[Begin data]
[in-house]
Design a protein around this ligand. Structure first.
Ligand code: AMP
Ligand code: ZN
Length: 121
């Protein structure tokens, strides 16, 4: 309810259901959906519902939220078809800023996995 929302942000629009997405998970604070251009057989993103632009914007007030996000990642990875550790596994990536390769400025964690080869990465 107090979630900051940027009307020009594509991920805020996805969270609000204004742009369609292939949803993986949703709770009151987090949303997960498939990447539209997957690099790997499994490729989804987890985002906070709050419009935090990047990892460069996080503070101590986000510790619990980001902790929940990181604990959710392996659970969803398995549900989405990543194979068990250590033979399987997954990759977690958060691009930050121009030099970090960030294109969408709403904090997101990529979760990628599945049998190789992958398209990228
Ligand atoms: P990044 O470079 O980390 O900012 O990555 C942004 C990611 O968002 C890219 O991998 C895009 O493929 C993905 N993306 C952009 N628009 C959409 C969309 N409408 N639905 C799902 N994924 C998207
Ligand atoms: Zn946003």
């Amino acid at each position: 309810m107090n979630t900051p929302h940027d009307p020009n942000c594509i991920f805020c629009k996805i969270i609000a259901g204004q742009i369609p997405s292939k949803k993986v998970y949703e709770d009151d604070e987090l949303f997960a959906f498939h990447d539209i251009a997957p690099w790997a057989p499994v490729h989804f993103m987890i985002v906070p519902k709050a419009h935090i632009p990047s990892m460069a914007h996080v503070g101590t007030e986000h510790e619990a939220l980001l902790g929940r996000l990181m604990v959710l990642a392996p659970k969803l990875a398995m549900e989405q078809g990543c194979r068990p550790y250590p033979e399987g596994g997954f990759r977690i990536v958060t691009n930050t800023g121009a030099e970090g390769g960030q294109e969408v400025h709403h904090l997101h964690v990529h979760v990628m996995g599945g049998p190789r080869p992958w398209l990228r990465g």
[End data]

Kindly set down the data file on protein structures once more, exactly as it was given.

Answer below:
[in-house]
Design a protein around this ligand. Structure first.
Ligand code: AMP
Ligand code: ZN
Length: 121
């Protein structure tokens, strides 16, 4: 309810259901959906519902939220078809800023996995 929302942000629009997405998970604070251009057989993103632009914007007030996000990642990875550790596994990536390769400025964690080869990465 107090979630900051940027009307020009594509991920805020996805969270609000204004742009369609292939949803993986949703709770009151987090949303997960498939990447539209997957690099790997499994490729989804987890985002906070709050419009935090990047990892460069996080503070101590986000510790619990980001902790929940990181604990959710392996659970969803398995549900989405990543194979068990250590033979399987997954990759977690958060691009930050121009030099970090960030294109969408709403904090997101990529979760990628599945049998190789992958398209990228
Ligand atoms: P990044 O470079 O980390 O900012 O990555 C942004 C990611 O968002 C890219 O991998 C895009 O493929 C993905 N993306 C952009 N628009 C959409 C969309 N409408 N639905 C799902 N994924 C998207
Ligand atoms: Zn946003």
């Amino acid at each position: 309810m107090n979630t900051p929302h940027d009307p020009n942000c594509i991920f805020c629009k996805i969270i609000a259901g204004q742009i369609p997405s292939k949803k993986v998970y949703e709770d009151d604070e987090l949303f997960a959906f498939h990447d539209i251009a997957p690099w790997a057989p499994v490729h989804f993103m987890i985002v906070p519902k709050a419009h935090i632009p990047s990892m460069a914007h996080v503070g101590t007030e986000h510790e619990a939220l980001l902790g929940r996000l990181m604990v959710l990642a392996p659970k969803l990875a398995m549900e989405q078809g990543c194979r068990p550790y250590p033979e399987g596994g997954f990759r977690i990536v958060t691009n930050t800023g121009a030099e970090g390769g960030q294109e969408v400025h709403h904090l997101h964690v990529h979760v990628m996995g599945g049998p190789r080869p992958w398209l990228r990465g």